There were many things in yesterday’s Budget that anyone with a sense of fairness and balance should object to. But nothing that shows more contempt for the cause of reducing structural inequality, than the cut in the Capital Gains Tax (CGT) rate.
Let me be clear, I am someone who will benefit from this cut. I have created and sold more than one company and invest frequently in other people “having a go” and trying to do the same. I can tell you both from my own experience and from nearly all the data on what incentivises investment in new businesses, that cutting the CGT tax rate will have little to no impact. It is a deception.
According to HMRC data, a large part of the capital gains generated today are from trading in listed securities. This does not increase actual investment into companies themselves. It does not lead to new investment, or to increased spending on R&D and innovation or to improved training or job creation.
Of course there are some very good arguments for incentivising a certain kind of risk taking, but if the objective was increasing investment into small and early stage businesses, then the focus should have been on widening and deepening tax initiatives like the Enterprise Investment Scheme, (EIS).
Through schemes like the EIS, a tax break is earned when money is invested directly into early stage companies for the longer term. Money that can be used to develop and grow the business, to create jobs (and often higher value jobs) to create technology and hopefully exports. Things this country desperately needs and from which we all ultimately benefit.
But the arguments against this CGT rate cut are not just economic. The cuts also compound the inherent unfairness of the CGT regime. Why should somebody who sits at home and makes short term speculative bets on the stock market pay a tax rate of only 20 per cent, when a head teacher or an accountant or doctor for example, have to pay a tax rate of 45 per cent?
Like many others I also object to some of the obscene salaries some CEO’s get paid, but I console myself with the knowledge that 45 per cent of that salary is paid to the Exchequer in the form of income tax. To me it is clear that at least on a relative basis, we are over taxing employment income and under taxing capital gains. And of course it is the already wealthy, that have the capital, to gain from.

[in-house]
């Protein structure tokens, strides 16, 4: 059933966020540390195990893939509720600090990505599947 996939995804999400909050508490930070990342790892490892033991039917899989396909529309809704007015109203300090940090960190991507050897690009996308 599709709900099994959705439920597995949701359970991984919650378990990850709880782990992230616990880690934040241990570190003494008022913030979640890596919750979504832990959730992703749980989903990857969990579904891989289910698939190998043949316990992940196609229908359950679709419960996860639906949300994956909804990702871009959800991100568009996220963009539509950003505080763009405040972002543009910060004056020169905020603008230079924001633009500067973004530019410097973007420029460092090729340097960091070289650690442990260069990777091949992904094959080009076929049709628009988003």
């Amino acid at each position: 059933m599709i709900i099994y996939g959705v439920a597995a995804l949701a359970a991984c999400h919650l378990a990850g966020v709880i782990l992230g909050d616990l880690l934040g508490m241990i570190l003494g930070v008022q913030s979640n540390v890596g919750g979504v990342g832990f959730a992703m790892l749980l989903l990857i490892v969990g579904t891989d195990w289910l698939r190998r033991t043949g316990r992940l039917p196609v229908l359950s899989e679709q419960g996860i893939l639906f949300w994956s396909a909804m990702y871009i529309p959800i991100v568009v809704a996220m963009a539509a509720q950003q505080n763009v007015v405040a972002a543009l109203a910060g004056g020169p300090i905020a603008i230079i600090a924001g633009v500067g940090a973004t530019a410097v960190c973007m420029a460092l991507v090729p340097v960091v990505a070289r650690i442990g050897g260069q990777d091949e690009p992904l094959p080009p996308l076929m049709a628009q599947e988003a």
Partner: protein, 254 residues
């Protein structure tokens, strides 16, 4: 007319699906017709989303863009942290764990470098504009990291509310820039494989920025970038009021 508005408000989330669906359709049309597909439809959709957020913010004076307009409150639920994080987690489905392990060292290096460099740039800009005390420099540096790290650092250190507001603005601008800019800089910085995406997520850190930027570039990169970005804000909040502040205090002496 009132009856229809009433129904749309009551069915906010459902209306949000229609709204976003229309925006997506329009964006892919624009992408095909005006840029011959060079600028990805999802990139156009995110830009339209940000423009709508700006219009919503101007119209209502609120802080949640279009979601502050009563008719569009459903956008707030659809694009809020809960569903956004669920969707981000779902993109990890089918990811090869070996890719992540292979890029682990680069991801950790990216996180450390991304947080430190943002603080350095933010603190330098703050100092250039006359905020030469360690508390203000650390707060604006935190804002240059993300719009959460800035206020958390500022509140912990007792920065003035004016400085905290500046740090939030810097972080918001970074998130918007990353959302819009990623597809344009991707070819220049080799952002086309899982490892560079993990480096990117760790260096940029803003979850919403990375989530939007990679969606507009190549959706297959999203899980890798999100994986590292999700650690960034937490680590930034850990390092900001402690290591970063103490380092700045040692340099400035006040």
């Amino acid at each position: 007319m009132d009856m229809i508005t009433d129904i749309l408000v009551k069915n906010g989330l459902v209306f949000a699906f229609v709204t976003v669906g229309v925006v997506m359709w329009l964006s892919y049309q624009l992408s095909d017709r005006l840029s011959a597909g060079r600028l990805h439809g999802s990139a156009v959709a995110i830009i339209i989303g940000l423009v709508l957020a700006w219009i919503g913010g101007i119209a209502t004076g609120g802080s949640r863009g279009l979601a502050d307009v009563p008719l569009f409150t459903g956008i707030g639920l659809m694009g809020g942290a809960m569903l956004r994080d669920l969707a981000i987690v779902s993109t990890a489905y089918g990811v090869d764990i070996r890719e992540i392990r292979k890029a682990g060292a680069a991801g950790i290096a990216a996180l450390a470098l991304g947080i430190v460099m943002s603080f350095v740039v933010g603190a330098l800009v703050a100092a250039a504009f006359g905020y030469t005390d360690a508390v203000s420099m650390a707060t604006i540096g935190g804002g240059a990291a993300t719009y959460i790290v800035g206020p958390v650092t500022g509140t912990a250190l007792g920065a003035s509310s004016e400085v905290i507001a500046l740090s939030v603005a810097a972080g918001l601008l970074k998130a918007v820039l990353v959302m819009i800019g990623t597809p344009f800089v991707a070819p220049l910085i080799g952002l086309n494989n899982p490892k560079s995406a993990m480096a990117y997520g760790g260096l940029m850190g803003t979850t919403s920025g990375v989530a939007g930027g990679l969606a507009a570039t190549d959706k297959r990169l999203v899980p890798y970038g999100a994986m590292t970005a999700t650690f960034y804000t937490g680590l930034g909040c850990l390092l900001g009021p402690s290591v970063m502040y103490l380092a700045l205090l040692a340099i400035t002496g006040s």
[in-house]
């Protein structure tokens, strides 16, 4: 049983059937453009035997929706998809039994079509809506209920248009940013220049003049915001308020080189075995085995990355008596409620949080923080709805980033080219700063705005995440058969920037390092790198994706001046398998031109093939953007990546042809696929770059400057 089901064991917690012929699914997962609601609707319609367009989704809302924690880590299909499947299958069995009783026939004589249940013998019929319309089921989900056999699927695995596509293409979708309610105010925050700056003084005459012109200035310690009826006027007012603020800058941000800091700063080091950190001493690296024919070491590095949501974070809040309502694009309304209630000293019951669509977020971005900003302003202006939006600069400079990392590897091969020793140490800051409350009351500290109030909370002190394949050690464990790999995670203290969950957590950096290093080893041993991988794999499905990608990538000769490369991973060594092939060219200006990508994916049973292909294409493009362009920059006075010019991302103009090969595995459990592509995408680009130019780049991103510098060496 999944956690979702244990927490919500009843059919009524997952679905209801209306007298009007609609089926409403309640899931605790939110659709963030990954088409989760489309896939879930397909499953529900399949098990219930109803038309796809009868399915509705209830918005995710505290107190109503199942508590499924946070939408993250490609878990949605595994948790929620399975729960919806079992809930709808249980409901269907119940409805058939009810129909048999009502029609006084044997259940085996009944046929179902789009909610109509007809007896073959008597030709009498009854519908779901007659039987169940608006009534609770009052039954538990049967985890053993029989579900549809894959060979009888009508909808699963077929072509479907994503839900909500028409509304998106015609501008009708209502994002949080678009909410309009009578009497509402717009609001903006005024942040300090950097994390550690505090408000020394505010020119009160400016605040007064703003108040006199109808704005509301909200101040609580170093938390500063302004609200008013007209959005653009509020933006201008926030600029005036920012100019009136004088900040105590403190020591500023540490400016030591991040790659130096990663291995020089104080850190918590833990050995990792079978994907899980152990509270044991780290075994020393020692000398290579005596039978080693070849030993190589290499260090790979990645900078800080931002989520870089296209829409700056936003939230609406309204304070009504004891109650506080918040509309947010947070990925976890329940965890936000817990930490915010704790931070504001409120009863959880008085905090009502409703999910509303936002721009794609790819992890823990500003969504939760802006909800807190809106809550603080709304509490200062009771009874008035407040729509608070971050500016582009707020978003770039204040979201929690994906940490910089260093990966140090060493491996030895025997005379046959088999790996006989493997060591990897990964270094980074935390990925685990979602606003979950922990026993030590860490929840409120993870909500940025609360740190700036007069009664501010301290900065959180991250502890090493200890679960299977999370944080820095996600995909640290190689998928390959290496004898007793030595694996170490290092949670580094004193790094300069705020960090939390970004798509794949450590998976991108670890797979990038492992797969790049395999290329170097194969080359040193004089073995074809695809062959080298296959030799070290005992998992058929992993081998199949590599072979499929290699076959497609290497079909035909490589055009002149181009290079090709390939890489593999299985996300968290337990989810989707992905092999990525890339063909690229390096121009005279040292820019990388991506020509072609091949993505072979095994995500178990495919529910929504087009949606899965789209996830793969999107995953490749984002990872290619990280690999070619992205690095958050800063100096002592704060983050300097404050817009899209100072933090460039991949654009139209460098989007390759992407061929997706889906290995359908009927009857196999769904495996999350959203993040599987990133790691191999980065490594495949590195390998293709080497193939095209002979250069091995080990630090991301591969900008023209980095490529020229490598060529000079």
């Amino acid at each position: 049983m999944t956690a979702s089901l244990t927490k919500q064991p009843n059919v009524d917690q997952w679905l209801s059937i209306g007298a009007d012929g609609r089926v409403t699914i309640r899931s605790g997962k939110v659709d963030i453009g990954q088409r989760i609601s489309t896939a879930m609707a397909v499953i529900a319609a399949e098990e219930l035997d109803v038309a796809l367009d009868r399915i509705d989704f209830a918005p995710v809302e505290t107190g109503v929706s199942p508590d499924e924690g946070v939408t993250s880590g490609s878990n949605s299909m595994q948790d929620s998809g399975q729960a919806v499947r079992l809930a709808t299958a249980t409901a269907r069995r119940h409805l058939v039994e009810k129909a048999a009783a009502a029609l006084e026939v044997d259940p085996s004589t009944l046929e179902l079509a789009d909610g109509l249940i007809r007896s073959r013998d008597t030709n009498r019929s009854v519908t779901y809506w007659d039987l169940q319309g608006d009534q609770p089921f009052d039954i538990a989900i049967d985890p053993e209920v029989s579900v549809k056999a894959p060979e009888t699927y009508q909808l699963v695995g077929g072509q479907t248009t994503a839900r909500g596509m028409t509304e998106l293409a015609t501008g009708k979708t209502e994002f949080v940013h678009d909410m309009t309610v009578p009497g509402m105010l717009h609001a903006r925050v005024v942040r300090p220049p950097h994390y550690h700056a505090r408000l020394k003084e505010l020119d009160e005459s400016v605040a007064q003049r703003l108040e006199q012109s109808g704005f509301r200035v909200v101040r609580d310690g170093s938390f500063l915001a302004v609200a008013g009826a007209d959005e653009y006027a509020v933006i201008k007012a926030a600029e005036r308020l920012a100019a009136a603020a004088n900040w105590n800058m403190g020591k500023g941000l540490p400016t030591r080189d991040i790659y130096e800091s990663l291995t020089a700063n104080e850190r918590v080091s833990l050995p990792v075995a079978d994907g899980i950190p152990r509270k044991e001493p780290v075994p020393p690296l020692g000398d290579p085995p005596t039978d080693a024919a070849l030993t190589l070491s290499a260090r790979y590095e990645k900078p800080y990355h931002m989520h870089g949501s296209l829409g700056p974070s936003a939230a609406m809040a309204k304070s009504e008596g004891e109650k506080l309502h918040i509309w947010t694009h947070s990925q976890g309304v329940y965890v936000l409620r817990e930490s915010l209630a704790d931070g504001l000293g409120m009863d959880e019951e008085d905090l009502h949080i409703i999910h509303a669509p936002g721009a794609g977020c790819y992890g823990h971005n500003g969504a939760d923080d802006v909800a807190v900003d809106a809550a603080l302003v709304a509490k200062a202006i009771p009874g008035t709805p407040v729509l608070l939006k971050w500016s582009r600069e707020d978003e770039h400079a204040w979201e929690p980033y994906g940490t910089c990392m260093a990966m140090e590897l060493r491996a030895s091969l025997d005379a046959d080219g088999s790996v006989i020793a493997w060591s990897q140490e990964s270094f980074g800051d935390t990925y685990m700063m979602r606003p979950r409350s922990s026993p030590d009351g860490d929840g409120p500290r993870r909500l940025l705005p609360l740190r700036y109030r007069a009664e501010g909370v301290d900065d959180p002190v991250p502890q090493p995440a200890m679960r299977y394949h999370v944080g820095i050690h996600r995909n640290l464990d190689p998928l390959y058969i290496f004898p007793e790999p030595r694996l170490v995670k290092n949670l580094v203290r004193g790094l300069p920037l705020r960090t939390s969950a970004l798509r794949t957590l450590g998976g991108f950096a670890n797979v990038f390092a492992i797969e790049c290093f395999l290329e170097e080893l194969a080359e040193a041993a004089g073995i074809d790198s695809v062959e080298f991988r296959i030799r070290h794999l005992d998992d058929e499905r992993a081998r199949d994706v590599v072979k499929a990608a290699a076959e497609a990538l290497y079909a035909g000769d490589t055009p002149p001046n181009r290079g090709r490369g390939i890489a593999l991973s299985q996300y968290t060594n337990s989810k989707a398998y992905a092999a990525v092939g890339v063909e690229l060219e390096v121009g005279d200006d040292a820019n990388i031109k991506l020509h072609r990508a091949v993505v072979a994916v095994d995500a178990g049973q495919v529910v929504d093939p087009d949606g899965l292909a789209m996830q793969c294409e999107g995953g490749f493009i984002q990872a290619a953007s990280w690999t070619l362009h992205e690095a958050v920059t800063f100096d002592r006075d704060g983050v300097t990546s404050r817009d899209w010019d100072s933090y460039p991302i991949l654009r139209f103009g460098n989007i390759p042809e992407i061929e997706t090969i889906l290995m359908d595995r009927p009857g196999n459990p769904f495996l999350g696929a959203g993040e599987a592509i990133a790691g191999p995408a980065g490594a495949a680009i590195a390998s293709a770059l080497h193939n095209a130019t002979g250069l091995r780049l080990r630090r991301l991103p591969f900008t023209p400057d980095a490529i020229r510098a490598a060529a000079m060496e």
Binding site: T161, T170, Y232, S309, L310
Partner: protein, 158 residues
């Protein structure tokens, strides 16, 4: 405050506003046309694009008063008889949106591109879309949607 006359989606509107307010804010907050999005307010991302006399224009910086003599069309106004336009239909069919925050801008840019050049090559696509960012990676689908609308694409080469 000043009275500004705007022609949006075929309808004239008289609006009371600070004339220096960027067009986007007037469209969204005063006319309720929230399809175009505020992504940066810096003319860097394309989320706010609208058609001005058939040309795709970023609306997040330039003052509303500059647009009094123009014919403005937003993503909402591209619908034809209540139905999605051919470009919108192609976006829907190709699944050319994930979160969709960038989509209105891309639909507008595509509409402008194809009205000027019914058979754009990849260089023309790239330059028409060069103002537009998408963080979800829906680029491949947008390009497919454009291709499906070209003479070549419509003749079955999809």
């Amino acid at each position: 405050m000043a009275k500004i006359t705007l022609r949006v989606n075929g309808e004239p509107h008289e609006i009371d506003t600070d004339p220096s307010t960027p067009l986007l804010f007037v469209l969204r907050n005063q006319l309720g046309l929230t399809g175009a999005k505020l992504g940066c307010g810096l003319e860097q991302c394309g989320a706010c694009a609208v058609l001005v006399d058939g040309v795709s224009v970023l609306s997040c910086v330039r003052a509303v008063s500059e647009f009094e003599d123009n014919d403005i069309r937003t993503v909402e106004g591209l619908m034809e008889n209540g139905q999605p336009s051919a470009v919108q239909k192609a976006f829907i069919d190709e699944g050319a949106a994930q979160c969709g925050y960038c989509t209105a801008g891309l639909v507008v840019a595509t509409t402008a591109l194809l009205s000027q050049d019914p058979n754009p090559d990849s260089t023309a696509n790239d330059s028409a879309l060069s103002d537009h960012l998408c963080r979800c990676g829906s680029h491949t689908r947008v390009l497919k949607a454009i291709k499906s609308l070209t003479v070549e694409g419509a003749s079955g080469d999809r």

Which leads us back to inequality. Forty years of growing inequality are rupturing the very foundations of our society. Today the top 85 richest people in the world own the same as the bottom 3 billion. This egregious inequality is largely caused by countries not properly taxing profits on already established wealth. It is not caused by tax rates on employment being too low on the richest 5 per cent. It is caused by the accumulation of wealth by the top 0.5 per cent, who make money through investing their capital and pay ever lower rates of tax on their profits.
This phenomenon also damages the wider economy. Those who still cling on to a belief in trickle down economics need to be wielded out to pasture. The top 0.5% will not increase their spending plans because of this cut in CGT. They will simply accumulate more wealth to pass down to their offspring.
Make no mistake, this CGT cut is a giveaway to the already wealthy and an incentive to speculation. It worsens a system that already unfairly rewarded those who just use their capital at the expense of those who work hard. Sadly this tax cut has nothing to do with promoting real investment, something we desperately need to do.
Simon Franks is founder and chairman of thefff.org. He also serves on the advisory board of the Labour campaign for International Development, the advisory board of Campaign Bootcamp, is International Chairman of the Lake Clinic in Cambodia and advisor to Tilganga Hospital in Kathmandu. In business he founded Redbus and was co-founder of Lovefilm and lead investor in a number of successful early stage businesses.